Pokémon GO may be the ultimate “mobile” app. It is estimated that hundreds of millions of people have checked out the game, with as many as 21 million playing daily, and these players are, indeed, mobile.
The object of the game, in case you don’t play, is to collect items like eggs or potions and capture creatures — all of which can be spotted in specific locations using the phone’s GPS. That means players have to get off the couch, out of the house, and actually travel around.
That’s causing problems for some people, including rental property owners, like this landlord in Hallowell, Maine, who tells reporters that he has game enthusiasts trespassing on his property day and night.
When ordinary “no trespassing” signs had no impact, this landlord got more creative, posting signs like “Stop playing Pokémon and get a real job!”
So far, the new signs have done little but insult local game players who find the landlord’s rhetoric demeaning.
The overwhelming popularity of the game has led to some unexpected consequences. Police agencies are issuing warnings of increased safety risks, including assaults, real-life brawls between players, and traffic accidents. Roving game players have become a common complaint, whether they are crawling through the bushes, leaving behind trash, or engaging in the game on sacred sites like cemeteries.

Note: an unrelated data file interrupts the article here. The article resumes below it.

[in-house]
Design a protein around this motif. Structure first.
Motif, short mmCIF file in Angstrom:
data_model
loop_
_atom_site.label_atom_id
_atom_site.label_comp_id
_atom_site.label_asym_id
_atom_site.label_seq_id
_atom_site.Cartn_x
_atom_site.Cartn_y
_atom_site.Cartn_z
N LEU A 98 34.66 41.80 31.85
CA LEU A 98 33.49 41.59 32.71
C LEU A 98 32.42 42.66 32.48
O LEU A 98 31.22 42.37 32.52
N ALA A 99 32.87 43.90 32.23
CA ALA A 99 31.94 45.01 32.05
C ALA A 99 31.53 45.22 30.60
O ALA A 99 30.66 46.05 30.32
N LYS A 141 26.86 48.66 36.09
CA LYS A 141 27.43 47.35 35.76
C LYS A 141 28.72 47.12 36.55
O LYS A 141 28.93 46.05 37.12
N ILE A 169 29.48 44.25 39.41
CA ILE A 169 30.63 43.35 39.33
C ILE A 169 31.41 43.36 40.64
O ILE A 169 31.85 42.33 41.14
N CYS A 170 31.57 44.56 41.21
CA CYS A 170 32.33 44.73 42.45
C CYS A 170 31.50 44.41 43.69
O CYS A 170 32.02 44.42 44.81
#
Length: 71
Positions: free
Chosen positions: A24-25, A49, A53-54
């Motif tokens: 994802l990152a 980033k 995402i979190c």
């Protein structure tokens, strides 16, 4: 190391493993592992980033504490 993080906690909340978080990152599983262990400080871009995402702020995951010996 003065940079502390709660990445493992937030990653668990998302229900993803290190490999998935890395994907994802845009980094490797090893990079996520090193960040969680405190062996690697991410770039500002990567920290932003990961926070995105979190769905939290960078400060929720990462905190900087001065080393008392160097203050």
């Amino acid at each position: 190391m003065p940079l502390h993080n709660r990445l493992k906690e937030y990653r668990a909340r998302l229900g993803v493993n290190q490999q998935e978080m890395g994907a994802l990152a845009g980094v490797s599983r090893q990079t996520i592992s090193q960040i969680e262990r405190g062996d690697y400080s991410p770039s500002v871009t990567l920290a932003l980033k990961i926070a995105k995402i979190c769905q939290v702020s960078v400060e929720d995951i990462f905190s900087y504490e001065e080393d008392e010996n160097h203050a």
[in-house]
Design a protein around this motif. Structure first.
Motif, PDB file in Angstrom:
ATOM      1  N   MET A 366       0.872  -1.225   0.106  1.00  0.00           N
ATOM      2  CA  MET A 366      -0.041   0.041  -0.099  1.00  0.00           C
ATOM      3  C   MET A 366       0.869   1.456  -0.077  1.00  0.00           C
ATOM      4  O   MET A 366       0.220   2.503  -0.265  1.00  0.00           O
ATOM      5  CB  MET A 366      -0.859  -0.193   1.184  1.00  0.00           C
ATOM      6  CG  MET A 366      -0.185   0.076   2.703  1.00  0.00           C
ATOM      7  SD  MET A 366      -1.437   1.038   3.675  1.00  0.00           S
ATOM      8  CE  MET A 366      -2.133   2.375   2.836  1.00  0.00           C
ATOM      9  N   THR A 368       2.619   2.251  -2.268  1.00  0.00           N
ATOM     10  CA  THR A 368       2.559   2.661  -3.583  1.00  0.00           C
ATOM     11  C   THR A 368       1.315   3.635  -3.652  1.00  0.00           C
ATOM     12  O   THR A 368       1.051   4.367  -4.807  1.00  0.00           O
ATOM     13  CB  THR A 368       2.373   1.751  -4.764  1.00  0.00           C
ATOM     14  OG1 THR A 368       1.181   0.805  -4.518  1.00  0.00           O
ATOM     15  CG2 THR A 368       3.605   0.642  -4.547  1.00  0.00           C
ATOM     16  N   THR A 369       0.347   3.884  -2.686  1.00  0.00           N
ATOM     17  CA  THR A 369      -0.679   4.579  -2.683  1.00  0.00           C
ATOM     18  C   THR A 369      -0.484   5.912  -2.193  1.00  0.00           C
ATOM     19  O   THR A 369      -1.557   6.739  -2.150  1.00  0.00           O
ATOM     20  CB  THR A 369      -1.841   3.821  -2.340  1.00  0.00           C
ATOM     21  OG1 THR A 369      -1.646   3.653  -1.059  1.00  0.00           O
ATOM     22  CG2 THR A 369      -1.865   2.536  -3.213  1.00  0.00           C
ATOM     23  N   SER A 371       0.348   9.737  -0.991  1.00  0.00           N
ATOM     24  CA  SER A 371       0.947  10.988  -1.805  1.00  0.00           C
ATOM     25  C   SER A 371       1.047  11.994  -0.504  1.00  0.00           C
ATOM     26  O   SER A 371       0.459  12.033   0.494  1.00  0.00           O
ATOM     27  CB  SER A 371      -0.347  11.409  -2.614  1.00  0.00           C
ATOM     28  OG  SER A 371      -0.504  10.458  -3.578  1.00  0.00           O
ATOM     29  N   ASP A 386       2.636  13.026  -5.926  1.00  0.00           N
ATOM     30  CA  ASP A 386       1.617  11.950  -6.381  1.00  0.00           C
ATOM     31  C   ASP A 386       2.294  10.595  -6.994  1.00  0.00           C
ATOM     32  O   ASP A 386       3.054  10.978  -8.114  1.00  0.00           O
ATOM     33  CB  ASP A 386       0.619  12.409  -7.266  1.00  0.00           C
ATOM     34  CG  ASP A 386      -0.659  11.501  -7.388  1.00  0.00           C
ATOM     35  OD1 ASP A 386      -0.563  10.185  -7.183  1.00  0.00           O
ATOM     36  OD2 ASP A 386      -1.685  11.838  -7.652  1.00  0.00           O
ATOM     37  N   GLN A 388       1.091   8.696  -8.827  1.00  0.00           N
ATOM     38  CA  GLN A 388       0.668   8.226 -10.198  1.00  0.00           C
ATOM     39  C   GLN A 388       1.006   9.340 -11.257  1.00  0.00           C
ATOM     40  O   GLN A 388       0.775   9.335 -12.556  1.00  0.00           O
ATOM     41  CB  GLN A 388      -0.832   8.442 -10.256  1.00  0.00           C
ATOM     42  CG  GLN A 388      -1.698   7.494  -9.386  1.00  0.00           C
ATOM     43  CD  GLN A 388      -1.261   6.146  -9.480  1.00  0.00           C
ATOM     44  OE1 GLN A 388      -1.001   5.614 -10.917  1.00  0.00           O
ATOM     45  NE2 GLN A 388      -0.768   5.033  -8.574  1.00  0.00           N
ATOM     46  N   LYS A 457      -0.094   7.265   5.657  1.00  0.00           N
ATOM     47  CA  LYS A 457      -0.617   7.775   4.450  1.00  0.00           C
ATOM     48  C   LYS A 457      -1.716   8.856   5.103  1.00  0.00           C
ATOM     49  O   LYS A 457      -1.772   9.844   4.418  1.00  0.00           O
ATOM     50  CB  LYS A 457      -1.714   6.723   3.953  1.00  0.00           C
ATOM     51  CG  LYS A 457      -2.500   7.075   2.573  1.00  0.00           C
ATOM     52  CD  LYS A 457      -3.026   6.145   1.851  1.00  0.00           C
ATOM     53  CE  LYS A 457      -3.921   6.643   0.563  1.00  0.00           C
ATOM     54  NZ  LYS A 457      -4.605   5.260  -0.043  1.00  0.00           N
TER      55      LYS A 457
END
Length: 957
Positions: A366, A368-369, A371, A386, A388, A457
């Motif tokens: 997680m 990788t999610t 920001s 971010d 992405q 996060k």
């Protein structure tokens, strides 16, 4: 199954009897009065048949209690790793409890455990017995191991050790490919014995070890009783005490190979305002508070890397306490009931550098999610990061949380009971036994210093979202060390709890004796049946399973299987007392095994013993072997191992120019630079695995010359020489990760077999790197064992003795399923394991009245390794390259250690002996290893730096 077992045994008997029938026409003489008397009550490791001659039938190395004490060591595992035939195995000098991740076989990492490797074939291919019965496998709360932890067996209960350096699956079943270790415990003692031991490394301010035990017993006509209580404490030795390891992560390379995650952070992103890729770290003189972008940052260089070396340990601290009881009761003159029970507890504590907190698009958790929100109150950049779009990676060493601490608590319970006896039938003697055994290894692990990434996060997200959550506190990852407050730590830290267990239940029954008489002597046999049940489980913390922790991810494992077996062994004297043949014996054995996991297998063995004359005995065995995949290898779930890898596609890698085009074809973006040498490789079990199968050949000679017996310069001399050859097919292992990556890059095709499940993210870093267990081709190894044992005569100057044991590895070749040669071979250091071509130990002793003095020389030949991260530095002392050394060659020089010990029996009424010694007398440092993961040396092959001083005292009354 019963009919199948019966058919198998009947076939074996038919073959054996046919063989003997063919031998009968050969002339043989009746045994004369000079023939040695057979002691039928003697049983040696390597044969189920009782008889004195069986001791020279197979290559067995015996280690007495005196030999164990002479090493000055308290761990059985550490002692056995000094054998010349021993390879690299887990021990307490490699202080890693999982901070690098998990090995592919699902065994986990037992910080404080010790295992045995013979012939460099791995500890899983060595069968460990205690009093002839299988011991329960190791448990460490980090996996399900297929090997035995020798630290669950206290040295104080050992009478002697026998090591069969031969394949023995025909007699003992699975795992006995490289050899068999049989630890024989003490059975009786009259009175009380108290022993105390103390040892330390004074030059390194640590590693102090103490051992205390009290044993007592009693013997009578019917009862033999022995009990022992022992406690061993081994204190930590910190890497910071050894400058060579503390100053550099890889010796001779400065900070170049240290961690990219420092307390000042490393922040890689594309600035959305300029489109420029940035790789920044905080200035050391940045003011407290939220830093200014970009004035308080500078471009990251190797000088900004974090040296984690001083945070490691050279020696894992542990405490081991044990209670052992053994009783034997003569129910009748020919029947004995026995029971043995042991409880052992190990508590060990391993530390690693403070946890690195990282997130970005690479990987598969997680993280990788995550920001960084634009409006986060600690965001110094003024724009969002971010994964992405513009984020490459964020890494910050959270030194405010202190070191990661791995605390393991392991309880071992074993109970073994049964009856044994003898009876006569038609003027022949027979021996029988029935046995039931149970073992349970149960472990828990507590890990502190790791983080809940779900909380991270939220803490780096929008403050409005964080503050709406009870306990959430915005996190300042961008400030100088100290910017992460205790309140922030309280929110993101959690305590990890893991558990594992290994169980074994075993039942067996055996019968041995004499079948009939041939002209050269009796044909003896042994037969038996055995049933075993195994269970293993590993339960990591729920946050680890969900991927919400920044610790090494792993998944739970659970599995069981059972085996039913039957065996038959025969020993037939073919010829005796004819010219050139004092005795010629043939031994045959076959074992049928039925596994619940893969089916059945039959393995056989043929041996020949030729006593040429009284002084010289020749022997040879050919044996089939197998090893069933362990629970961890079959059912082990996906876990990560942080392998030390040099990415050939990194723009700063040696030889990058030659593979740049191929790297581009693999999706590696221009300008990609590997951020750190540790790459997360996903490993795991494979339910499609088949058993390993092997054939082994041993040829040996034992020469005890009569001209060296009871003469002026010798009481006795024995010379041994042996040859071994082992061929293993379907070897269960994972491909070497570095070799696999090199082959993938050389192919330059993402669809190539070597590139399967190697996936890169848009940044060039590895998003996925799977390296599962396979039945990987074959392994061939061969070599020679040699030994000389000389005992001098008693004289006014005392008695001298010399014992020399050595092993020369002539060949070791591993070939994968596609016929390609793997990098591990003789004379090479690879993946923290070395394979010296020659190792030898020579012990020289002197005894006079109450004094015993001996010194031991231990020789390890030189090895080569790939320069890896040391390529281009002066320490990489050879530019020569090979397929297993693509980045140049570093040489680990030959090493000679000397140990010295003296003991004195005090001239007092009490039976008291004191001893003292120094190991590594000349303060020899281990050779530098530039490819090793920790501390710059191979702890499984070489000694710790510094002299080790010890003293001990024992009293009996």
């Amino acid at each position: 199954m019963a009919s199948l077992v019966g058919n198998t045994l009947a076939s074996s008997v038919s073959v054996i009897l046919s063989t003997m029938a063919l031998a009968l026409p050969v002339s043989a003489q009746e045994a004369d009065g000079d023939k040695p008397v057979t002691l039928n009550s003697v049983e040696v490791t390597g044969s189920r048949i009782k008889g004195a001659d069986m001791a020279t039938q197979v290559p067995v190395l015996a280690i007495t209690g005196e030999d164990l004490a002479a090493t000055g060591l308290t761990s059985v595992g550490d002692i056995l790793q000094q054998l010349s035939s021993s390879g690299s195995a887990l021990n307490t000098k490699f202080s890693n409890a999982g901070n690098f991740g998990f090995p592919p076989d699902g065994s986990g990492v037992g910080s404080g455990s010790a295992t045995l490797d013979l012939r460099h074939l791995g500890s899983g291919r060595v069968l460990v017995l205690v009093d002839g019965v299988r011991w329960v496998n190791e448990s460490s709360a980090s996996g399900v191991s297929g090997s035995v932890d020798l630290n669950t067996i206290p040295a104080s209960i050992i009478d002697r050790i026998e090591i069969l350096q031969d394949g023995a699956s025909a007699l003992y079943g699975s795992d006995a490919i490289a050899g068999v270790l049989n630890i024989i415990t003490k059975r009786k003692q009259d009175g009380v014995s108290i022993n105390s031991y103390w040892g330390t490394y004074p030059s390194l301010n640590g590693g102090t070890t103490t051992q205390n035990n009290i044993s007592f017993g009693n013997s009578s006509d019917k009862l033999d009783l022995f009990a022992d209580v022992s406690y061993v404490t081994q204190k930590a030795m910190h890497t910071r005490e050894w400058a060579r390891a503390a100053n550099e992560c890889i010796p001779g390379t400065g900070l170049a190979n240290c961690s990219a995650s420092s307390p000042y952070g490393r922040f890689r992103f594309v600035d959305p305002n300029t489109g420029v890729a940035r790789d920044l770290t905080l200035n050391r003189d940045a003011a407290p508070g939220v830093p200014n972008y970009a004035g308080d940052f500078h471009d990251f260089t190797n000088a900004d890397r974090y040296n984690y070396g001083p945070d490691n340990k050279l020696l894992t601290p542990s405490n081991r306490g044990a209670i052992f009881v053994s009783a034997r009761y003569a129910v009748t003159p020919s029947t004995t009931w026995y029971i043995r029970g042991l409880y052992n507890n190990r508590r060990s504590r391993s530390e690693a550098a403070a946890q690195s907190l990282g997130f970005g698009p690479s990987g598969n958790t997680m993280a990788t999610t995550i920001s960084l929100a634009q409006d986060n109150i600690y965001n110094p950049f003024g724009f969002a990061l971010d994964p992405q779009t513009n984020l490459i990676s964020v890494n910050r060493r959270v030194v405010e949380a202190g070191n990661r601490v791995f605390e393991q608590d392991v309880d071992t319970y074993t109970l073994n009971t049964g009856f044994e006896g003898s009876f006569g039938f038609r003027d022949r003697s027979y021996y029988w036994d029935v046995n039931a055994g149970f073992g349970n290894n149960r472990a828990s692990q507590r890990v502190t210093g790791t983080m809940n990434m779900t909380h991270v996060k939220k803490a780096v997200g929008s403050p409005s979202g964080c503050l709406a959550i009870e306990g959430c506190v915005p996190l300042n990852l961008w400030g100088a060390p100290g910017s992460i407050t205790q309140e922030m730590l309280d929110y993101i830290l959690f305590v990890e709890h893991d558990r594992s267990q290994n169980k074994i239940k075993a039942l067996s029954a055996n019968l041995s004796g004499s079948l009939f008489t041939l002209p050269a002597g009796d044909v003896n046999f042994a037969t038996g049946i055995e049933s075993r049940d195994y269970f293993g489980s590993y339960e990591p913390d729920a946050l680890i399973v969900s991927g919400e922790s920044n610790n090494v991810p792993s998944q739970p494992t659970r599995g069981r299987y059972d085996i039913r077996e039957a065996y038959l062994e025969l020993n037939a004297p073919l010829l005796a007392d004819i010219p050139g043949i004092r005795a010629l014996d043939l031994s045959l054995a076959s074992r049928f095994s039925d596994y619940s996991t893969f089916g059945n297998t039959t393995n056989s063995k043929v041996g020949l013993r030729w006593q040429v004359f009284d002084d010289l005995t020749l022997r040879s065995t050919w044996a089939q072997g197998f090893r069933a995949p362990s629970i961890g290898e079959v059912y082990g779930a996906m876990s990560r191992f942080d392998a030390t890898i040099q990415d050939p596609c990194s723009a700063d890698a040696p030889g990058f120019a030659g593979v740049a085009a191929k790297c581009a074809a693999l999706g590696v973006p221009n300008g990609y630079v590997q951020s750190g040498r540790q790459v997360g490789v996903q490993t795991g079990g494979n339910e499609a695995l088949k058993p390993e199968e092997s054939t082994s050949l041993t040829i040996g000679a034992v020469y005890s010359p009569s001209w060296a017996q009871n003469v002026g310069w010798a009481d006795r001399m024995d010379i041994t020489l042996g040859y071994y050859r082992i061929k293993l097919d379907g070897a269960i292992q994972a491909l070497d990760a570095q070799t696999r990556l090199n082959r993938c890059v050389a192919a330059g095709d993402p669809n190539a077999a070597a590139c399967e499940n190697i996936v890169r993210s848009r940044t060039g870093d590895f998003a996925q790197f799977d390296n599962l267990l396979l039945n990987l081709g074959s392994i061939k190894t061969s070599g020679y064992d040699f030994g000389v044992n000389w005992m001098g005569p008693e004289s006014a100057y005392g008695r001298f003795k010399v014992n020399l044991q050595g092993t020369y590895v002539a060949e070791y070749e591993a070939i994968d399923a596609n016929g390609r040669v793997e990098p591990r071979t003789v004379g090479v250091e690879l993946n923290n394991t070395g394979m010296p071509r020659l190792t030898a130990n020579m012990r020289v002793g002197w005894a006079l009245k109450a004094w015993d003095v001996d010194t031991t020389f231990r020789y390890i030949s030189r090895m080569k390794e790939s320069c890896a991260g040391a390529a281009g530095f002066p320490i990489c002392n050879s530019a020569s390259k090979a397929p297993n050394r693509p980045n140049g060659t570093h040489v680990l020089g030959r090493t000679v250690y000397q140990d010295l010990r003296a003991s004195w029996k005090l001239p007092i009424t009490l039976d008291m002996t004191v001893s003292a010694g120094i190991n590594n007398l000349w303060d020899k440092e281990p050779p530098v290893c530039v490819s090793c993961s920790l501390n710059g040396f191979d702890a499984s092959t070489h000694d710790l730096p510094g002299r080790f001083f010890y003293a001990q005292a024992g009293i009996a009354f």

At the same time, a number of landlords are embracing the social trend and using — or attempting to use — Pokémon lingo in rental ads. One example: “Walking distance to everything including park — especially for those that play Pokémon GO.”
While these ads may appeal to a large demographic of rental applicants, there is a study underway that may prove Pokémon GO interactions are lacking in poor, minority neighborhoods. Landlords should take heed of that potential bias, especially if online ads are the only method used to market a vacancy.
Some property owners have taken the opposite tack, touting the fact that there are no Pokémon hotspots nearby, perhaps to attract residents who’d rather have some peace and quiet.
Love it or hate it, Pokémon GO’s “augmented reality” clearly has spilled over into the real world — and the impact has been positively monstrous.
This post is provided by Tenant Verification Service, Inc., helping landlords reduce the risks of renting with fraud prevention tools that include Tenant Screening, Tenant Background Checks, (U.S. and Canada), as well as Criminal Background Checks, and Eviction Reports (U.S. only).
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Disclaimer: The information provided in this post in not intended to be construed as legal advice, nor should it be considered a substitute for obtaining individual legal counsel or consulting your local, state, federal or provincial tenancy laws.